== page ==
PURE AND SIM­PLE

Shinichiro Ogata’s rev­er­ence for tra­di­tional craft and cui­sine shines at his fine-din­ing Tokyo in­sti­tu­tion, Yakumo Saryo.

VOGUE Living Australia - - News - Pho­tographed by PAUL BARBERA By KANAE HASEGAWA

Shinichiro Ogata’s rev­er­ence for tra­di­tional craft shines at Yakumo Saryo, his fine-din­ing in­sti­tu­tion

Part­ing the split white cur­tain that veils the en­trance to Tokyo din­ing in­sti­tu­tion Yakumo Saryo feels like en­ter­ing a shrine. This may sound an ex­ag­ger­a­tion but cer­e­mo­nial quiet­ness and seren­ity sur­rounds this es­tab­lish­ment in the city’s south, which is housed in a re­built 30-year-old res­i­dence sit­u­ated be­hind a stone wall on 800 square me­tres of land. Un­like the flashy din­ing quar­ters of Aoyama or Ginza in cen­tral Tokyo, Yakumo Saryo — Saryo means ‘restau­rant with a room for Ja­panese tea’ — seems right at home in this quiet res­i­den­tial district, 15 min­utes walk from the near­est railway sta­tion. The con­cept is the ge­nius of Shinichiro Ogata, founder of Sim­plic­ity de­sign stu­dio, whose work in­cludes in­te­ri­ors for the An­daz Tokyo ho­tel and col­lab­o­ra­tions with Aē­sop and chef Alain Du­casse. The ex­ten­sive work Sim­plic­ity un­der­takes stems from Ogata’s phi­los­o­phy of nur­tur­ing Ja­panese cul­ture, which he be­lieves can only be achieved when peo­ple come to­gether to mu­tu­ally share their ideas and ex­pe­ri­ences. This cul­ture ex­tends to the appreciation of, and love for, Ja­panese cui­sine, which re­flects re­gional cus­toms. It also en­com­passes the time-hon­oured crafts of Ja­panese ce­ram­ics and lac­quer ware, bam­boo crafts and wood car­pen­try. It’s not just about ad­mir­ing th­ese crafts within a mu­seum set­ting through a glass dis­play case — crafts should be used first-hand, to ap­pre­ci­ate their use­ful­ness in a real-life set­ting. And Ogata thinks din­ing is the pri­mal plat­form where peo­ple gather or­gan­i­cally and use table­ware, uten­sils and fur­ni­ture. “No mat­ter how exquisitely tra­di­tional crafts are made, if those crafts don’t fit our con­tem­po­rary lifestyle, peo­ple will not use them, and that will make the crafts dis­ap­pear,” he says. “Tra­di­tional craft needs to be up­dated with de­sign to demon­strate its us­age in con­tem­po­rary life­styles.” This phi­los­o­phy is the core of Ogata’s vi­sion. Ev­ery­thing he does at Yakumo Saryo is thought- out, de­signed and placed, by the man him­self, for vis­i­tors to touch and use through­out the din­ing ex­pe­ri­ence. If they wish, guests can even pur­chase the plates and cups used in the restau­rant and thereby in­tro­duce crafts into their own liv­ing en­vi­ron­ment. We are not talk­ing about a mere restau­rant. Yakumo Saryo is more like a cul­tural in­sti­tu­tion. As food is about sea­sonal of­fer­ings, the nat­u­ral en­vi­ron­ment plays a cru­cial role in con­sum­mat­ing Ogata’s vi­sion. So, when he searched for the ideal lo­ca­tion to es­tab­lish Yakumo Saryo, he looked for a de­tached house where the gar­den was part of the set-up. In­side, the kitchen is de­signed so that the chef ’s huge cut­ting board — all eight me­tres of it — be­comes the main din­ing ta­ble. For­tu­nate din­ers at the ta­ble can reach out for a suc­cu­lent slice of grilled meat as the chef is cook­ing it and sam­ple it. “When you sit at the same ta­ble where the chef slices sashimi fish or chops ››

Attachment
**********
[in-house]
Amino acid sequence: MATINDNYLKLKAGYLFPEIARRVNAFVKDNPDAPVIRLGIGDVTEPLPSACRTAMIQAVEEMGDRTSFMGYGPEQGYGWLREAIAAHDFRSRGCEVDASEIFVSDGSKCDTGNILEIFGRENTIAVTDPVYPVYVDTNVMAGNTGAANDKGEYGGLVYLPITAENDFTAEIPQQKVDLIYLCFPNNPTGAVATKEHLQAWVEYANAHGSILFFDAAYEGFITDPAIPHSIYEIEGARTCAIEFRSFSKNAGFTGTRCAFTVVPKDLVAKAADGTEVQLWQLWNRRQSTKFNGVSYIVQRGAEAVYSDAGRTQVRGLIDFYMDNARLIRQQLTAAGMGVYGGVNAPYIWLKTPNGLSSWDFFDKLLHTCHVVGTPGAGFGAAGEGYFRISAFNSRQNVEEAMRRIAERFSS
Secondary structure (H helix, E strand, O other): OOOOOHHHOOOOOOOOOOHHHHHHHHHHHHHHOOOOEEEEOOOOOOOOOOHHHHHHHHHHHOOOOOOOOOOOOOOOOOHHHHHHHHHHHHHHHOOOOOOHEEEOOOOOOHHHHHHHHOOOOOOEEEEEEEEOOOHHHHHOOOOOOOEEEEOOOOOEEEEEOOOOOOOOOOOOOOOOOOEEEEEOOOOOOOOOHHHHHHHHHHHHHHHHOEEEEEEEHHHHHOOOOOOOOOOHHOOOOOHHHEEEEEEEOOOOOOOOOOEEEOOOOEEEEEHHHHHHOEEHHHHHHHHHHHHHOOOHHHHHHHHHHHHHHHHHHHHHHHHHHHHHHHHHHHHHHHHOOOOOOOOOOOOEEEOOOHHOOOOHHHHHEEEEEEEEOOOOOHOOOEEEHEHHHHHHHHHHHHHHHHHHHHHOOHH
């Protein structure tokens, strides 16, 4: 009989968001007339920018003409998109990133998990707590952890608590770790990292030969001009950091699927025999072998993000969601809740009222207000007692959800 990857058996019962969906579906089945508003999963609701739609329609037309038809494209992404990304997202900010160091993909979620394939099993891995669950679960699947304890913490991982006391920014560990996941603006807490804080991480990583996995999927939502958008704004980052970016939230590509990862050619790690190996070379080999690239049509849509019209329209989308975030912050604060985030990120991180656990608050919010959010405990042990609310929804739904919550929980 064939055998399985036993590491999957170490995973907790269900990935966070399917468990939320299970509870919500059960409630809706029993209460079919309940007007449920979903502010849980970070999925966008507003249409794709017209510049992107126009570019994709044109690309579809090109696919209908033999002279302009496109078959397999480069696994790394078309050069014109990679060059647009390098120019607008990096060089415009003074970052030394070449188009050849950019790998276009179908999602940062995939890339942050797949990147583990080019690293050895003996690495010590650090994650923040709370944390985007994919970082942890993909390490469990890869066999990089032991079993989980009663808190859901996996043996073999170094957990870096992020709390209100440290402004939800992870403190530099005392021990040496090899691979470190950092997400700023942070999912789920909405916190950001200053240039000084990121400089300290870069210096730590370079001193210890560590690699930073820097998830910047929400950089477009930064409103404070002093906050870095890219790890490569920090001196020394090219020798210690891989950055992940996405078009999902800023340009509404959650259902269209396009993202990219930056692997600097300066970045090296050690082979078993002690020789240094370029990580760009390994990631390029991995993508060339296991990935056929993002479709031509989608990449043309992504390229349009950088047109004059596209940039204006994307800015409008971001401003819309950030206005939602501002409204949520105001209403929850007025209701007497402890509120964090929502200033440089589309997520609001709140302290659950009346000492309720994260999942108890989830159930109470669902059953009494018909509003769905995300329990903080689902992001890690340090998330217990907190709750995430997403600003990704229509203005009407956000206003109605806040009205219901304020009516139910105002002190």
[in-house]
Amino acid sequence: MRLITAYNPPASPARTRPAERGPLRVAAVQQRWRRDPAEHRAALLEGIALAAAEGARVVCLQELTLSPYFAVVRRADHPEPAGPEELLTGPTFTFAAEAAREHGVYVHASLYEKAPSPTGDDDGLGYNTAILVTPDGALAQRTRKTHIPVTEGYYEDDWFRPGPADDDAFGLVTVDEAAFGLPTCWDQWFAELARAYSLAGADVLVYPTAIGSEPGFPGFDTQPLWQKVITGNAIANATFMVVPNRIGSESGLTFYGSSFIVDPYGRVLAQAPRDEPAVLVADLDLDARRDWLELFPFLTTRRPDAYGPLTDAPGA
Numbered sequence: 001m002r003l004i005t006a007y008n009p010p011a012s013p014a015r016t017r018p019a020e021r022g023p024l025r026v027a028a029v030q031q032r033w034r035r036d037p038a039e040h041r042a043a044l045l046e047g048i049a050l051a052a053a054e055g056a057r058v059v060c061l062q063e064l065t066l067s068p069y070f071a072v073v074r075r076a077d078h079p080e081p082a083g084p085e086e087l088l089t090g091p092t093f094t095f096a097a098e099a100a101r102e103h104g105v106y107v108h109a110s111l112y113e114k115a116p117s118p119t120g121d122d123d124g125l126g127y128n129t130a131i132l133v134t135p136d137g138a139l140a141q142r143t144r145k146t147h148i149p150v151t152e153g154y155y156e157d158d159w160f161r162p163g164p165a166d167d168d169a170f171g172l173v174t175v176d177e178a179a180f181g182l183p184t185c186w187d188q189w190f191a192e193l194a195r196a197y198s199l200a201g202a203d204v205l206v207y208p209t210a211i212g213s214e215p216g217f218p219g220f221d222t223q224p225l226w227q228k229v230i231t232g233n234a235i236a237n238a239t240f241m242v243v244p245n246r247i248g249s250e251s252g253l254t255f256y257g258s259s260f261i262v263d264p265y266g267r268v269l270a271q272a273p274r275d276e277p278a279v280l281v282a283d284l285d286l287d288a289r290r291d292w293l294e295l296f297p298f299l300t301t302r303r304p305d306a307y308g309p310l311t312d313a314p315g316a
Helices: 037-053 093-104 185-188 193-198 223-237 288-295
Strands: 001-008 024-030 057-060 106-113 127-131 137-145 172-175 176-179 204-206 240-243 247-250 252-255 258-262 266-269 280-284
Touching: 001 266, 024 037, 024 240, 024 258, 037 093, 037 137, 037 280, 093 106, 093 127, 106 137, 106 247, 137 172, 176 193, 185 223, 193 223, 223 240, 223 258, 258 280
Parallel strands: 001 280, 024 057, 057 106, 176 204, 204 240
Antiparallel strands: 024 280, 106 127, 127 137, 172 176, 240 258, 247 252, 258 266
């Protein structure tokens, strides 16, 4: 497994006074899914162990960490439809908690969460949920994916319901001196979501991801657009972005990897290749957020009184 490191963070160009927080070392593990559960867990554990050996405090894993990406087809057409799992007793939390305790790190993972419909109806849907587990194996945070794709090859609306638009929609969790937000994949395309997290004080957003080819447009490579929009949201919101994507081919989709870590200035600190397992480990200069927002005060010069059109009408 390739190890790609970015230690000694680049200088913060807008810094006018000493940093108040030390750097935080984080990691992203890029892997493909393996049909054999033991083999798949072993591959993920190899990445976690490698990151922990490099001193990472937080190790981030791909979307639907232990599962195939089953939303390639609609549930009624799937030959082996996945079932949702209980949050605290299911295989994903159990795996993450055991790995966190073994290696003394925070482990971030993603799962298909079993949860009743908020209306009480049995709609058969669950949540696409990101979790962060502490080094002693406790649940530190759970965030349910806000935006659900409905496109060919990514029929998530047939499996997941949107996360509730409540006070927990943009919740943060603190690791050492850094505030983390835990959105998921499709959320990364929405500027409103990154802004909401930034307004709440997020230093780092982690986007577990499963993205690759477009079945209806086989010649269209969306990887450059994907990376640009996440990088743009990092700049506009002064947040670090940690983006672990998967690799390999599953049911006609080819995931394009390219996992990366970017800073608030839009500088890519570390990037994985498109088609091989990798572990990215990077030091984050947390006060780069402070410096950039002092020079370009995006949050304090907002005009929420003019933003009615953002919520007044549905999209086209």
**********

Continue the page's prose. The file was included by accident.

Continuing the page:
‹‹ herbs and have your hands on the ta­ble, you even feel the vi­bra­tion of the chef cook­ing,” says Ogata. “Our guests feel like they are part of the cook­ing process.” Dur­ing the four-course kaiseki din­ner, chop­sticks are changed three times. First, nee­dle-thin bam­boo chop­sticks are used to pick up del­i­cate ap­pe­tis­ers, then hard ebony chop­sticks (which func­tion as a knife and fork) are used for flflak­ing and di­vid­ing the fi­fil­let of sub­stan­tial main dishes, and thin cedar chop­sticks help to savour fra­grant rice. Fi­nally, cus­tomers are given young bam­boo chop­sticks for eat­ing soft Ja­panese sweets. All this is done for the pur­pose of mak­ing a speci­fific dish taste the best. You no­tice th­ese changes sim­ply be­cause there is oth­er­wise no fussy dec­o­ra­tion — with less or­na­men­ta­tion, one’s senses be­come more sen­si­tive to tiny de­tails. Look­ing around the Yakumo Saryo in­te­ri­ors, fab­ric veils sub­tly hide din­ers at the kitchen-top ta­ble from din­ers sit­ting by the win­dow, with­out overtly cut­ting the eye­sight with doors or par­ti­tions. The veils are a lit­tle like the eye blin­ders once used by the no­bil­ity in the Ja­panese im­pe­rial court sys­tem to se­cure their pri­vacy. In this rare quiet cor­ner of Tokyo, sim­plic­ity comes in more than name only.

this page: The cre­ator of Yakumo Saryo restau­rant, de­signer Shinichiro Ogata, strives to pre­pare a feast for all the senses. op­po­site page: The restau­rant is a modern take on tra­di­tional kaiseke (multi-course) din­ing.

this page: din­ers en­ter­ing Yakumo Saryo are met by an ar­ray of wa­gashi (tra­di­tional Ja­panese con­fec­tionar­ies) hand­made from the restau­rant’s kitchen and ready for pur­chase, along with porce­lain and other wares. op­po­site page: a palette of stone, wood and con­crete has been used, with some of the con­crete flfloor­ing im­printed with a tatami mat tex­ture.

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